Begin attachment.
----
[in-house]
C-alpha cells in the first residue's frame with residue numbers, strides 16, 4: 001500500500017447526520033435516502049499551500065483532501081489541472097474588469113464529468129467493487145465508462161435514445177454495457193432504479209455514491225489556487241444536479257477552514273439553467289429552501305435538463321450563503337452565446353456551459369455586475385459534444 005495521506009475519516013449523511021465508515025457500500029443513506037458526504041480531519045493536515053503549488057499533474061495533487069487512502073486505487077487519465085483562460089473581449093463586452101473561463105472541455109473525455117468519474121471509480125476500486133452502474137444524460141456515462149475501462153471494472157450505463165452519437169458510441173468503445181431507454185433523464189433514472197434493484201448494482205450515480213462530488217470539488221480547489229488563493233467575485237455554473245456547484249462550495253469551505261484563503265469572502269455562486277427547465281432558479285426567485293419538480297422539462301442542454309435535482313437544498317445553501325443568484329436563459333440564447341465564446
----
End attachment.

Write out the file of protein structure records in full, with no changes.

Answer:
[in-house]
C-alpha cells in the first residue's frame with residue numbers, strides 16, 4: 001500500500017447526520033435516502049499551500065483532501081489541472097474588469113464529468129467493487145465508462161435514445177454495457193432504479209455514491225489556487241444536479257477552514273439553467289429552501305435538463321450563503337452565446353456551459369455586475385459534444 005495521506009475519516013449523511021465508515025457500500029443513506037458526504041480531519045493536515053503549488057499533474061495533487069487512502073486505487077487519465085483562460089473581449093463586452101473561463105472541455109473525455117468519474121471509480125476500486133452502474137444524460141456515462149475501462153471494472157450505463165452519437169458510441173468503445181431507454185433523464189433514472197434493484201448494482205450515480213462530488217470539488221480547489229488563493233467575485237455554473245456547484249462550495253469551505261484563503265469572502269455562486277427547465281432558479285426567485293419538480297422539462301442542454309435535482313437544498317445553501325443568484329436563459333440564447341465564446